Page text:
About Bear Markets
Here are a few things you need to know about bear stock markets, some bullet points from CNBC:
- A “bear market” is when stocks see a 20 percent decline or more from a recent high — but they’re also marked by overall pessimism on Wall Street.
- Since World War II, bear markets have lasted 13 months on average, and stock markets tend to lose 30.4 percent of their value.
- During those conditions it usually takes stocks an average 22 months to recover, according to analysis from Goldman Sachs and CNBC
Those are averages. But just as successive financial crisis in our era have been deeper than the ones before, successive bear markets have grown worse. (Note that the 2008 Great Recession was much more painful that the Crash pf 2000-2001.) It is because the manipulation and malinvestment that causes these conditions goes uncorrected, the scale of our serial crises grows.
One of the ways financial crises announce themselves is with volatility, and in fact turbulence has been the key to our markets during this period. So, if you will forgive me, I’d like to quote myself from this blog back in October:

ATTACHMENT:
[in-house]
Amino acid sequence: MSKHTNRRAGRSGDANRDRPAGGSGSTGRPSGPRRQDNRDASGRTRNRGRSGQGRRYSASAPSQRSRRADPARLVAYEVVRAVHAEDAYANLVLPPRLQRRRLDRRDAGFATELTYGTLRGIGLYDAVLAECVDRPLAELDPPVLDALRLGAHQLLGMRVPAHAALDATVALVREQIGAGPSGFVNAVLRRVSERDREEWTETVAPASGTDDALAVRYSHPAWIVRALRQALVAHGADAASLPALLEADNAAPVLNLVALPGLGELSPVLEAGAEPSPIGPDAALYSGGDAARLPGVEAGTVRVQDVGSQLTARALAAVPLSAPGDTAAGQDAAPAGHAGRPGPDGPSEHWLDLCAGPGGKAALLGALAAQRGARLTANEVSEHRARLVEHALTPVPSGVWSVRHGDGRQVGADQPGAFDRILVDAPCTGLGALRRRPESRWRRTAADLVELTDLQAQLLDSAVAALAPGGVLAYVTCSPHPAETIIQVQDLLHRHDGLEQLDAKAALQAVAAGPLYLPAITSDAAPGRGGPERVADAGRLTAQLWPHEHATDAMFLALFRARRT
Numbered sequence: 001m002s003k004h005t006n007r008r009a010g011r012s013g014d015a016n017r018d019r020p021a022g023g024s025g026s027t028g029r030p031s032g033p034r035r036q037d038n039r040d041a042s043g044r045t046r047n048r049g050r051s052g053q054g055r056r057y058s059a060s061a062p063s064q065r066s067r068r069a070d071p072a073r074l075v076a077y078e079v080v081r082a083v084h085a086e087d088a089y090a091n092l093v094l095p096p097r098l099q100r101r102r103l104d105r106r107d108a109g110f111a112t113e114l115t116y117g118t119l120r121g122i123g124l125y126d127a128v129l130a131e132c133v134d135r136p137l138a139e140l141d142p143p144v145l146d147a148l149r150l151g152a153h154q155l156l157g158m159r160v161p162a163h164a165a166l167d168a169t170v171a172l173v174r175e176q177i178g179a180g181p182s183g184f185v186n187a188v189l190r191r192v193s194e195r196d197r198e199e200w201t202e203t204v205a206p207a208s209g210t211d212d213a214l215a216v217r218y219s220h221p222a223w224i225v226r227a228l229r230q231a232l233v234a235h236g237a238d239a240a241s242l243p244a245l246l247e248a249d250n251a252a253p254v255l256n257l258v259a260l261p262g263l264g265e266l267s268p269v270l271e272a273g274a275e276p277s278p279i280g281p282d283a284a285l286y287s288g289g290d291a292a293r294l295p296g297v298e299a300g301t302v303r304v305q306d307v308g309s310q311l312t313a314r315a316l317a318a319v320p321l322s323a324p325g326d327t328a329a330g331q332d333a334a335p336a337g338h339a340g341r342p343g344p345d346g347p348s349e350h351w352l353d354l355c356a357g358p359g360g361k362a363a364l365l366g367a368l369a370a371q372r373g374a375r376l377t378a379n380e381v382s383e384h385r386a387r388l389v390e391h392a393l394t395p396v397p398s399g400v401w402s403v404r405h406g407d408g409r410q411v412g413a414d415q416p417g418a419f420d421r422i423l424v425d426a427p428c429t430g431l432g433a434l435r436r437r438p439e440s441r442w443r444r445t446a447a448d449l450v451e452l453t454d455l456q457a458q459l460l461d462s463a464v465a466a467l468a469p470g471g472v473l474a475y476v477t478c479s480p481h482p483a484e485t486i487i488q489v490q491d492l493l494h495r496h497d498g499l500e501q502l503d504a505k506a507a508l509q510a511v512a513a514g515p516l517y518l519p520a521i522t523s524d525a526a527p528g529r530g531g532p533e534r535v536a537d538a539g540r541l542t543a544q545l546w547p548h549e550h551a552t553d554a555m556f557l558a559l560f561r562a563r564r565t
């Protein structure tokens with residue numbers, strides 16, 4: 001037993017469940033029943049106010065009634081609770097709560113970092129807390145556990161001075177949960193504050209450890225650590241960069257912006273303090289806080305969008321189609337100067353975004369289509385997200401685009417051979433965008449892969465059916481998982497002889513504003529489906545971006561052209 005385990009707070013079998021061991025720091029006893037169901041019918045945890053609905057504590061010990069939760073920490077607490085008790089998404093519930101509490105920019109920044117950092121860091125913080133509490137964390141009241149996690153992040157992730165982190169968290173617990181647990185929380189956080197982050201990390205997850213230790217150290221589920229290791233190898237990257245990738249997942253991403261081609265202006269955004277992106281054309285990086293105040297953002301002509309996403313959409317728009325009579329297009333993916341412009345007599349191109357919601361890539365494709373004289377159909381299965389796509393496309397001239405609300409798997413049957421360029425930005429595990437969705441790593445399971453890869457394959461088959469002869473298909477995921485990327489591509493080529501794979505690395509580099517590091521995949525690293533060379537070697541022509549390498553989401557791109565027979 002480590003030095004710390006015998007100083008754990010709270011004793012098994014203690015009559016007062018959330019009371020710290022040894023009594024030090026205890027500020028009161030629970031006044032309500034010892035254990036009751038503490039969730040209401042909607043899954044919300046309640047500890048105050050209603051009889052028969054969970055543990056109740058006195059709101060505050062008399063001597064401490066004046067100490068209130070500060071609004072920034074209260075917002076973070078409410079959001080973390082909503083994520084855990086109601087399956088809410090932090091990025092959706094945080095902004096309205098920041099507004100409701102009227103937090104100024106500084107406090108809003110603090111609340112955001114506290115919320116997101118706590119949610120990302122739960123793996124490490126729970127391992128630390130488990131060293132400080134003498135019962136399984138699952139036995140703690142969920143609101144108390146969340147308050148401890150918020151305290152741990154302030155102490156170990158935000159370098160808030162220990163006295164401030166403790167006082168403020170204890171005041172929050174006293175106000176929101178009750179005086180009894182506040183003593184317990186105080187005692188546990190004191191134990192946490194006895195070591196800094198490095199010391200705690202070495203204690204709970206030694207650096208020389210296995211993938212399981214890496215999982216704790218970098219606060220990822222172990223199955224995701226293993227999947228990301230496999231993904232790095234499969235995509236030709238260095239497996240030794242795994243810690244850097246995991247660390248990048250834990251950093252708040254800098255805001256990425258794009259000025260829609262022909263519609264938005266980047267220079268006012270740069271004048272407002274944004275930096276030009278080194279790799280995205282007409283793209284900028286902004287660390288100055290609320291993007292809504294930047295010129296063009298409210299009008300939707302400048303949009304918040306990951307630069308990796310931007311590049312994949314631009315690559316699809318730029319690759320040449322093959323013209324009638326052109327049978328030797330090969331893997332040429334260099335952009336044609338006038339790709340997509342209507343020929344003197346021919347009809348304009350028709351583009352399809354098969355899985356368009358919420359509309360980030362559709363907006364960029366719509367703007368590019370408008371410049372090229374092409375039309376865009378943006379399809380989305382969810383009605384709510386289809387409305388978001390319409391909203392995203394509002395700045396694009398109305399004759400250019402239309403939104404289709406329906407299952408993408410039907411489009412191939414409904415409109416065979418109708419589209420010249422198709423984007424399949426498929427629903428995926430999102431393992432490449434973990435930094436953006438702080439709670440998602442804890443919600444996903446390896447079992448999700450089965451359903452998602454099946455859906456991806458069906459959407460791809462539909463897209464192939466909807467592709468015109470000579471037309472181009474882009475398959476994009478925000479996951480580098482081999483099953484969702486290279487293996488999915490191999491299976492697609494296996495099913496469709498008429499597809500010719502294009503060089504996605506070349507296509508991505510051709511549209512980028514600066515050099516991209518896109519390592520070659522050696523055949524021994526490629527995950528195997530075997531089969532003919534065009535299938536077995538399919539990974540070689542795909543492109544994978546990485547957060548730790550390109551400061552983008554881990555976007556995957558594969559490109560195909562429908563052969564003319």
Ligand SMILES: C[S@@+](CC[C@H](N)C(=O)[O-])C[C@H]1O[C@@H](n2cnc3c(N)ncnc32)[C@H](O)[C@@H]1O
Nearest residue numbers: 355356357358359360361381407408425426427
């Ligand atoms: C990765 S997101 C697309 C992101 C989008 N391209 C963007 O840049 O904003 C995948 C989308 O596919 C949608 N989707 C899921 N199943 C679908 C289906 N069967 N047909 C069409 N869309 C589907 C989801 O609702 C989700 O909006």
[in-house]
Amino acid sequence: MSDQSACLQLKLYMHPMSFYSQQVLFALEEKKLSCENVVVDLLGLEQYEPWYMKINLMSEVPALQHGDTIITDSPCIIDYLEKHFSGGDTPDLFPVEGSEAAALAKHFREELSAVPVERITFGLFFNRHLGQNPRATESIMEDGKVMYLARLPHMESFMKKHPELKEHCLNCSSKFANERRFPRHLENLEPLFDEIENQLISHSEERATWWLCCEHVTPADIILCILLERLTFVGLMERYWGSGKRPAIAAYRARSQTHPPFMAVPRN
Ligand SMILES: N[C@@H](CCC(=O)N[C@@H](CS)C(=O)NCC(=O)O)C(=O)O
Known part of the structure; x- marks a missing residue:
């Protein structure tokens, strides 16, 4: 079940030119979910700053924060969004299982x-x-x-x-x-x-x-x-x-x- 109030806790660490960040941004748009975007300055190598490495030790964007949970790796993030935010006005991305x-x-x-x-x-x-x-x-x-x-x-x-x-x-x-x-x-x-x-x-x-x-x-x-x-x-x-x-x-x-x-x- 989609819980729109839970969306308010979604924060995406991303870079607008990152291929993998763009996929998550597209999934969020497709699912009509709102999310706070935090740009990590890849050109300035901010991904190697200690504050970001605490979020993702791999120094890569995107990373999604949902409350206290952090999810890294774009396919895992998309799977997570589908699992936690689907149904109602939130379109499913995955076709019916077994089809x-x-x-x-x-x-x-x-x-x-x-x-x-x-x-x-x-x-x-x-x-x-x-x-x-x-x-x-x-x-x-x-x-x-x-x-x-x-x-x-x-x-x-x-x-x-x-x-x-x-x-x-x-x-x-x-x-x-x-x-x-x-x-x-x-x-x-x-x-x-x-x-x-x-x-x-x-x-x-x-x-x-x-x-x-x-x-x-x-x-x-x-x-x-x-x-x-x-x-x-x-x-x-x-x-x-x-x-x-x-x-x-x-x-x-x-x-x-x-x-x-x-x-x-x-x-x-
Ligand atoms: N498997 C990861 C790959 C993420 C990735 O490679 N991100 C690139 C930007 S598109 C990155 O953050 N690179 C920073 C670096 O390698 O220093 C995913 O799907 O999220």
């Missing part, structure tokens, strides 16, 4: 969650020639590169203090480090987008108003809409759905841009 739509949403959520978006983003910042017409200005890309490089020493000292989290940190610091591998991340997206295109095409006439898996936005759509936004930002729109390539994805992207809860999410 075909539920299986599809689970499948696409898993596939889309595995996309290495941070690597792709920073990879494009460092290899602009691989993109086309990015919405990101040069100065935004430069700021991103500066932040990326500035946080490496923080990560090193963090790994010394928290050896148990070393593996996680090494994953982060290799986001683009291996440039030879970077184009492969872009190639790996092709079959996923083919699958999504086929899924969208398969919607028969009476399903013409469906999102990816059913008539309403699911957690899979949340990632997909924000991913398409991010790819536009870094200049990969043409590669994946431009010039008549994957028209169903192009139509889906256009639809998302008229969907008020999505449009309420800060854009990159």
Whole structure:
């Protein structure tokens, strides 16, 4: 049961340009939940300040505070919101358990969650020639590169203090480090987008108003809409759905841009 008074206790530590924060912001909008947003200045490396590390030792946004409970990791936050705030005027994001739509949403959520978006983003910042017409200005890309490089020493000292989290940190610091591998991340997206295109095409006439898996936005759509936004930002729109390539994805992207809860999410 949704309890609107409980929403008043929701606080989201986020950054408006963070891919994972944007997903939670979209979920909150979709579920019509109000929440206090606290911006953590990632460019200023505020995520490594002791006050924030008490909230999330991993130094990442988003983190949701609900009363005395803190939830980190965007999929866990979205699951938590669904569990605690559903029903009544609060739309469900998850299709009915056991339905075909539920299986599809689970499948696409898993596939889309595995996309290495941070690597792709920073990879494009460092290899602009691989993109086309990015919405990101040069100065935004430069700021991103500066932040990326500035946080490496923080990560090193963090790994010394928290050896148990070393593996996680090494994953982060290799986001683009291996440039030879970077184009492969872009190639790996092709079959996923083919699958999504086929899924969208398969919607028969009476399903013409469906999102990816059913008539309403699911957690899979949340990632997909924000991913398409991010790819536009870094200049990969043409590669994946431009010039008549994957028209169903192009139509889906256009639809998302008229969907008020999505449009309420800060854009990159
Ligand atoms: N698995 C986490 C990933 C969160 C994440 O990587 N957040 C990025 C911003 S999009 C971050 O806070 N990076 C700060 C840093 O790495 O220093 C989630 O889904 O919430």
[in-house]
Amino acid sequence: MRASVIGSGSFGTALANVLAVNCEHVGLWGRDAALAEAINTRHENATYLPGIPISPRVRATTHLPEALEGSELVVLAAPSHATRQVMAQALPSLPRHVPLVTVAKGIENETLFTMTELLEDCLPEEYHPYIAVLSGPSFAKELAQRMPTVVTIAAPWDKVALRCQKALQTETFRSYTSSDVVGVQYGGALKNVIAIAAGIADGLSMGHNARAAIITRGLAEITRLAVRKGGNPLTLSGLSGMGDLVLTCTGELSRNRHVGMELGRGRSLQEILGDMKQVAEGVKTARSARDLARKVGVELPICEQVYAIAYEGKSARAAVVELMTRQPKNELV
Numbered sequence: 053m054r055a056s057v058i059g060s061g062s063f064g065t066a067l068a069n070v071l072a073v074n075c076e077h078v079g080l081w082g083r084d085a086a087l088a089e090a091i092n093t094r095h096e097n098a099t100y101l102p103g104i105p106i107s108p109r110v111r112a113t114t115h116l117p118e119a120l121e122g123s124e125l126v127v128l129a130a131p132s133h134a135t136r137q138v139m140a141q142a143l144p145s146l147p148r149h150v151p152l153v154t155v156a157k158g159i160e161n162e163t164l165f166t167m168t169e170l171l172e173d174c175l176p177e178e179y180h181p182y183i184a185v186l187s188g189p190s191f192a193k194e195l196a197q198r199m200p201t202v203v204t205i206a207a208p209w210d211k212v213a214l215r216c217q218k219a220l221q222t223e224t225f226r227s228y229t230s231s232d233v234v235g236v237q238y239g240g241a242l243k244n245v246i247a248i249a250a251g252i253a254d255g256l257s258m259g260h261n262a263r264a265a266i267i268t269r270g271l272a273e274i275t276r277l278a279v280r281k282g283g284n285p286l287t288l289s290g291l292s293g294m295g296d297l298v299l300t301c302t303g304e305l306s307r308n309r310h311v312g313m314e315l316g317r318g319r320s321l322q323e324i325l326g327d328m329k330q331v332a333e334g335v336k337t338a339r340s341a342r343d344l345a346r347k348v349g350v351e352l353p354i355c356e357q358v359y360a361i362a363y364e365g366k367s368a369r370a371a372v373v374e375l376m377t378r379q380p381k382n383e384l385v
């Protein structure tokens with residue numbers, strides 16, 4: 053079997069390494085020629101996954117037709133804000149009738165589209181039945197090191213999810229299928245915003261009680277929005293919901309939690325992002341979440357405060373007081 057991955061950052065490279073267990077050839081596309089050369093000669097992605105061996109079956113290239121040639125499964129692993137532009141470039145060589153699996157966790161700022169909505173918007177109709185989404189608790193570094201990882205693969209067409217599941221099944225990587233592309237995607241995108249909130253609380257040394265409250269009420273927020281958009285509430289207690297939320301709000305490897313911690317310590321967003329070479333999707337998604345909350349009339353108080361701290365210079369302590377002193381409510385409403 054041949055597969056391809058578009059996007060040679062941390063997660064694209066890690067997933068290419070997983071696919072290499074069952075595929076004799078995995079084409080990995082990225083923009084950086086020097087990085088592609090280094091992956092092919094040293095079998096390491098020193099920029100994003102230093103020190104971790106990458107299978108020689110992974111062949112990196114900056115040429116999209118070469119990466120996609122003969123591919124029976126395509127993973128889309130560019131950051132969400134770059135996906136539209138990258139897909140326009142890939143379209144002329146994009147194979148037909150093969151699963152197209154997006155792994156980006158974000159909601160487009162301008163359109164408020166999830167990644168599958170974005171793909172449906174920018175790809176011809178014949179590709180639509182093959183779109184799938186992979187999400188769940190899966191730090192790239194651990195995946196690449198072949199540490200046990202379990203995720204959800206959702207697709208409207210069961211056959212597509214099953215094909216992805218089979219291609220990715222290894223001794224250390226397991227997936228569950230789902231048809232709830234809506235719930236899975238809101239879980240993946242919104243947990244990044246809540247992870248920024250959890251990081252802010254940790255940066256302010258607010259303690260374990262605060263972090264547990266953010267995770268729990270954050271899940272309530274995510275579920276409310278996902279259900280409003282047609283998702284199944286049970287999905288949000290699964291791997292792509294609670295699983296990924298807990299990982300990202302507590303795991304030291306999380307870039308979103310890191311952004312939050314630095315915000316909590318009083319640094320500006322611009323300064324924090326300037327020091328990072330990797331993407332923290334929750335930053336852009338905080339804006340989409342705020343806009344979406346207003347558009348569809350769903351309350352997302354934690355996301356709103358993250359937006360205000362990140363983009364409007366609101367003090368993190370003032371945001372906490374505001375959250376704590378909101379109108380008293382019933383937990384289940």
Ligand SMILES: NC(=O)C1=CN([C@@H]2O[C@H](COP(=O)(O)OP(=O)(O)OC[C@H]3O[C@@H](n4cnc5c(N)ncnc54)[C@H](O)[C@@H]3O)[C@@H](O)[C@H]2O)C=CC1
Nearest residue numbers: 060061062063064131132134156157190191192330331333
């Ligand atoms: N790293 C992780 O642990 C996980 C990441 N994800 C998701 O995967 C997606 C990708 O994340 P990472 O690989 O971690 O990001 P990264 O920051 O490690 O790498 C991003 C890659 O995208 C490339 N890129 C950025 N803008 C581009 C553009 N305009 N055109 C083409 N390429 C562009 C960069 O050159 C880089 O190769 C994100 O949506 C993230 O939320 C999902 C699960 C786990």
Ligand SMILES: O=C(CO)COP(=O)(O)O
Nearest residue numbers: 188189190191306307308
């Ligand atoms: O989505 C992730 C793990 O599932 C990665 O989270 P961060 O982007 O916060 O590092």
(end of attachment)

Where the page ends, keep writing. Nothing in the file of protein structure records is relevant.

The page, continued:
“Sometimes, in the face of a stock market sell-off, powerful forces will be put to work trying to stem the tide: central bank operations, guidance about future policies, plunge protection team money shuffling.”
“Remember that all such interventions only make the ultimate problem worse. With each new manipulation, the money we use becomes less resilient, and less reliable. And in fact, nothing can stop economic reality from eventually asserting itself.”(October 25, 2018)
One other point for those of you who are technically minded. Gold has been above its 50- day moving average since November. It has now moved decisively above its 200-day moving average. That is usually a very bullish indicator.